A concrete driveway is expensive, but it will last for decades if it’s properly installed. Good finishing techniques will make a slab look great for a while, but proper ground prep will keep it looking that way over its lifetime. We spent a day on the job with a longtime concrete pro (they don’t like to be called cementheads). He gave us some great tips on how to prepare a site for a pour. He couldn’t stress enough that the most important steps for cement slab installation are done before the cement truck arrives.
A good base is everything!
Concrete will crack and crumble if it’s not poured over a solid, stable base. Bringing in 4 to 6 in. of a good compactable base is a good rule of thumb, but the exact amount of base for your driveway depends on the condition of the existing soil, the climate, and what you plan to park on your driveway. You may be able to pour directly over sandy or gravelly soil without bringing in any additional base. But if you live in a cold climate, are pouring over heavy clay or organic soil, or plan to park heavy vehicles on the driveway, you may want to increase the base layer to 10 or 12 in. The best way to find out how much base you need is to contact the nearest concrete supplier. If you explain your soil conditions and the slab’s intended use, the supplier should be able to recommend the proper base depth and the type to use and provide contact info for a nearby base supplier. Your municipality may also have a handout of recommended base depths in your area.
Compact each layer of base
Make three or four passes with a plate compactor every time you add 2 in. of base, or “lift” (each layer you add is called a lift). Use a vibrating plate compactor like this one instead of the type that jumps up and down, sometimes referred to as a “rammer” or “jumping jack.” Those are designed for compacting soil when backfilling trenches, not for compacting base.
Dampen the base
Super-dry base doesn’t compact well. So if you’re preparing the base layer in dry conditions, add a little moisture by spraying down each “lift” with a garden hose to achieve maximum compaction. Check to see if your base material has enough moisture by grabbing a handful and compressing it into a ball. If it holds its shape, you’re good to go. Add water if it completely crumbles. Oversaturated base won’t compact either, so don’t spray so much water that it starts pooling. Adding water to every lift also helps keep the dust down.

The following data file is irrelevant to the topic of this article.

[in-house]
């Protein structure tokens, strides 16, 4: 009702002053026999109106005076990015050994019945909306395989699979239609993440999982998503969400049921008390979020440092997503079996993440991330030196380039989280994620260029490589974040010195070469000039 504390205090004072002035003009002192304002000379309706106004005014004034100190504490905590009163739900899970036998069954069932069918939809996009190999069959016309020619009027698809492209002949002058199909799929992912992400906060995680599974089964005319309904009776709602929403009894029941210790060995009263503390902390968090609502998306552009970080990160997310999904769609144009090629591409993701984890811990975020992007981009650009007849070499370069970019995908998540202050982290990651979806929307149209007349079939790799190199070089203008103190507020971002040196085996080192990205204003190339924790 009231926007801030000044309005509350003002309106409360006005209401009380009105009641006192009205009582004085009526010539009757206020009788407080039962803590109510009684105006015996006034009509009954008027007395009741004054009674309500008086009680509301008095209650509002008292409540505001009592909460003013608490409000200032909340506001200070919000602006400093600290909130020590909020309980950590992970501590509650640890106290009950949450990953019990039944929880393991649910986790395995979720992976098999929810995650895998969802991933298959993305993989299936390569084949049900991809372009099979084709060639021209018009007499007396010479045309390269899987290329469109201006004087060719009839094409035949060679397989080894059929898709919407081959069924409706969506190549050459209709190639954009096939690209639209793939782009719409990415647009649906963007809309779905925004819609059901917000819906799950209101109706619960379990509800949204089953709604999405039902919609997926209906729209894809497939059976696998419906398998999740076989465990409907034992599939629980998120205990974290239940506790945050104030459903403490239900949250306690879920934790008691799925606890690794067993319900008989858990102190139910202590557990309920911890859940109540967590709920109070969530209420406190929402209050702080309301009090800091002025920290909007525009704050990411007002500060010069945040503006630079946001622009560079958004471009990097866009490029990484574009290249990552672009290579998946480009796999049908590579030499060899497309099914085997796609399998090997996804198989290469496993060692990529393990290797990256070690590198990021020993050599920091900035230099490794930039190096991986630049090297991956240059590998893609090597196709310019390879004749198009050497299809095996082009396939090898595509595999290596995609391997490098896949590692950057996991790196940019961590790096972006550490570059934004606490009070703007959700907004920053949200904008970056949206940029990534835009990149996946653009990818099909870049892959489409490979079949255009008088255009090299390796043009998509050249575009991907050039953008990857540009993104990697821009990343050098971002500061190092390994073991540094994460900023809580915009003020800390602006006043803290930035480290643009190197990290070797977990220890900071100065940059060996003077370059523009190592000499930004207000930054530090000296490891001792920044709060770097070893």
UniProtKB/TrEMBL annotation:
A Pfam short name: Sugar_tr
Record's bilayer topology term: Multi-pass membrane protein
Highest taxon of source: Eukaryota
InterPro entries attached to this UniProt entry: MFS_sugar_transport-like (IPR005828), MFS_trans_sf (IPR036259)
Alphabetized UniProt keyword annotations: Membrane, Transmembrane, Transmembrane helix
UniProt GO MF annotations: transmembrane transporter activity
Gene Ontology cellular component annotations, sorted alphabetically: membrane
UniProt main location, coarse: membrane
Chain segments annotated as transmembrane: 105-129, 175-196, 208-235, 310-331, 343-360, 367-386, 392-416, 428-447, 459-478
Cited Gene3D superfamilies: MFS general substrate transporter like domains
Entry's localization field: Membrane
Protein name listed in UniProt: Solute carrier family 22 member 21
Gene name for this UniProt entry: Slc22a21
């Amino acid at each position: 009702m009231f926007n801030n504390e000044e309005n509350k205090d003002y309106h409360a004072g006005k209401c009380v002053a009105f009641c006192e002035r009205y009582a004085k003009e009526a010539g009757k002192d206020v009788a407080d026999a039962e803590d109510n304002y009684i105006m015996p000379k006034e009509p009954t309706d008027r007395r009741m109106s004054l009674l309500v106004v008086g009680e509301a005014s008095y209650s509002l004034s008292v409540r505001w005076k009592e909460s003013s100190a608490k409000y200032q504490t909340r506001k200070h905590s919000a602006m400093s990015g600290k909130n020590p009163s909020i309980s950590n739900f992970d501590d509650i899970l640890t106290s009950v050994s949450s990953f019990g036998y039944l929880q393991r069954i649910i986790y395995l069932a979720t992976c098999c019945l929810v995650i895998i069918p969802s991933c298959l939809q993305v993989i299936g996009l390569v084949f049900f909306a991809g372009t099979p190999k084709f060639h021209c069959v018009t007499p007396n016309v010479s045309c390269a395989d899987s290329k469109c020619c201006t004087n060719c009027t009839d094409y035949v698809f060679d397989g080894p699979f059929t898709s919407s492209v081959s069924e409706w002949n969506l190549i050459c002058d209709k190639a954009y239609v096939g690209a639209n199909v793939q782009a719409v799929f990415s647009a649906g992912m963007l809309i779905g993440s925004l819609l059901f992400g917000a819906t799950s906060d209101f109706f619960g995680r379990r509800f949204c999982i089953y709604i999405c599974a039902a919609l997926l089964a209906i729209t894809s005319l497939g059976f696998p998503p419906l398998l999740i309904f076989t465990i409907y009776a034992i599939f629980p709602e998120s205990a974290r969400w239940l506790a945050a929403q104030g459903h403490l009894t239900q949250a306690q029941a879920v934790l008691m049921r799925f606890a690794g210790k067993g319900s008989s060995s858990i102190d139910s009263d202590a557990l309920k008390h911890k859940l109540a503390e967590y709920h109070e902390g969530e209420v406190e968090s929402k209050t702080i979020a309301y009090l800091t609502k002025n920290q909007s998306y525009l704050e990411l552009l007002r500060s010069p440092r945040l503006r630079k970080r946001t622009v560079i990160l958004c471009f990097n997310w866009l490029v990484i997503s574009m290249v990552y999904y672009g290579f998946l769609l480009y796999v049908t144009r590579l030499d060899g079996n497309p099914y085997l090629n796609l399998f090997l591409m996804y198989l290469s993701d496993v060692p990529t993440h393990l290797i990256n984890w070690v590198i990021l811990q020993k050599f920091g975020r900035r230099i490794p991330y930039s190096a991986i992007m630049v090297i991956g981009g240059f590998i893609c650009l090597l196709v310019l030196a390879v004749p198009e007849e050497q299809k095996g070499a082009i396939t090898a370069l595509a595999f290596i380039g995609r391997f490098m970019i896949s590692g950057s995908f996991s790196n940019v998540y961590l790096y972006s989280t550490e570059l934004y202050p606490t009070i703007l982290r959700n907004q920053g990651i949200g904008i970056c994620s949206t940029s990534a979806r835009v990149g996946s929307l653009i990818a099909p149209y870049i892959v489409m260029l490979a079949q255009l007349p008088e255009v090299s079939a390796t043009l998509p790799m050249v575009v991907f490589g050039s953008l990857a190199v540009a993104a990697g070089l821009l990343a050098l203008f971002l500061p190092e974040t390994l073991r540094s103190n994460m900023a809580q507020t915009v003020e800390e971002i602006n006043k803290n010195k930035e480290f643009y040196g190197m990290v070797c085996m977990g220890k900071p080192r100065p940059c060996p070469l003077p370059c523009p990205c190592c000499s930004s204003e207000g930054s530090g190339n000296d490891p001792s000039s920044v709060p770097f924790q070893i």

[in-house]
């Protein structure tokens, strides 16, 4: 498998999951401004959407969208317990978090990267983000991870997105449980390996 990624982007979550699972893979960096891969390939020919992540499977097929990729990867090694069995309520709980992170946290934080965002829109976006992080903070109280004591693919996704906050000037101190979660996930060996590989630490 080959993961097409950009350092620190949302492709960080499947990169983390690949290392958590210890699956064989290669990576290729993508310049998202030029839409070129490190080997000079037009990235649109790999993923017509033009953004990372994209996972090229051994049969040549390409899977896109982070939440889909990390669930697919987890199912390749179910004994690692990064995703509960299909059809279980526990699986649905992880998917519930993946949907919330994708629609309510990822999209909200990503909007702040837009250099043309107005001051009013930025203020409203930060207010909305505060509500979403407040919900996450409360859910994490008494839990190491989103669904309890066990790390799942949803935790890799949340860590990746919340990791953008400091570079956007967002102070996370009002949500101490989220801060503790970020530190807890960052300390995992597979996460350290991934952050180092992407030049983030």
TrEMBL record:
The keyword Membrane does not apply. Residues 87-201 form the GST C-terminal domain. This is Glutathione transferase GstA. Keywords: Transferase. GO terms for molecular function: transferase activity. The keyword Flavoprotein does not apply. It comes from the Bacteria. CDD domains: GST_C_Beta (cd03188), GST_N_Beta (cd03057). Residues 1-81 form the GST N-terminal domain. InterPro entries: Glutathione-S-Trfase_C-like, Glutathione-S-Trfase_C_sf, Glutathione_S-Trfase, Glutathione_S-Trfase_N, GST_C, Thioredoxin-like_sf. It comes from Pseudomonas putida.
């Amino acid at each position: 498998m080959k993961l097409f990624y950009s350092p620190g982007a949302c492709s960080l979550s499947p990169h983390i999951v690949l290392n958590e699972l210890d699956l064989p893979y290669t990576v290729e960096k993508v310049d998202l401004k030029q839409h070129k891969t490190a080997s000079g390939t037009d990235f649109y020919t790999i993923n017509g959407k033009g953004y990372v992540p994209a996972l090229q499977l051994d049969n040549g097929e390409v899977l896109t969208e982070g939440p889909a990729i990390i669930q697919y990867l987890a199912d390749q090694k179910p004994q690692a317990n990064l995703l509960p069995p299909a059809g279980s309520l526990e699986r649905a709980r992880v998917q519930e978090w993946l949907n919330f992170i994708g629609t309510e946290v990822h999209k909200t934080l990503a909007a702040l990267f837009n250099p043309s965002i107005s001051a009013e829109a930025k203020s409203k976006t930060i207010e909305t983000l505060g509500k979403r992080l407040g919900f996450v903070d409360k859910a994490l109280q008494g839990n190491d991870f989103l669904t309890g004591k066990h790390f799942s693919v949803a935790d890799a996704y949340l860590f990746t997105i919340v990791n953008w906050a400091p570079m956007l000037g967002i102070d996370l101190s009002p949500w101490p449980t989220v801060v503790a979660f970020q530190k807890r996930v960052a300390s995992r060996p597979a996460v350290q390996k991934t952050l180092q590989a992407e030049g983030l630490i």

Keep forms straight
Stretch a string between two screws installed at the edge of both ends of the form boards. The string will act as a guide to keep the form boards straight. Set the forms at the proper height before bringing in the last lift. That way you can use the forms themselves as a guide for the final base height.
Secure the forms
Place a stake at least every 3 ft. Use your foot to align the form board to the string as you drive each stake. Try to drive the stakes in straight and flush with the board so the form doesn’t get pulled out of alignment when you fasten it. Scab a board onto the splice if more than one board is needed on a side. Backfilling dirt against the forms before you pour will also help keep them in place.
Screw the stakes
Secure the stakes to the form boards with screws instead of nails (Torx-head screws work well). Pounding in nails can loosen stakes and knock everything out of alignment. Don’t install the screws too low or they’ll be tough to remove if the forms are backfilled. It’s OK if screws protrude into the pour area if the edge of the concrete won’t be visible; they’ll easily spin right out, and the small hole won’t be a problem.
Cut stakes flush
Cut the stakes off flush with the top of the form boards so they won’t get in the way of screeding when it’s time to pour. A recip saw can rattle a form out of alignment. If you do use one, wait until all the stakes are in, and don’t use a super-aggressive blade. Make sure to knock down the grade near the forms so it won’t interfere with the screed board.
Reinforce with rebar
Our expert prefers to install 1/2-in. rebar in a 2-ft. grid pattern when pouring driveways. He ties the rebar together with precut rebar ties fastened with a tie-wire twister. Use enough ties so the grid will stay together if it’s accidentally stepped on while suspended in the air.
Cut rebar with a grinder
A grinder fitted with an abrasive metal-cutting blade is a good setup to cut rebar. A lot of contractors swear by the $15 diamond masonry blades even though they’re not specifically approved for metal.
Bend rebar around corners
Rebar can be easily bent with this simple rebar bender ($30 at concrete supply companies). If you have only a few bends to make, standing on the rebar and pulling it up into shape works for rebar 1/2 in. and smaller.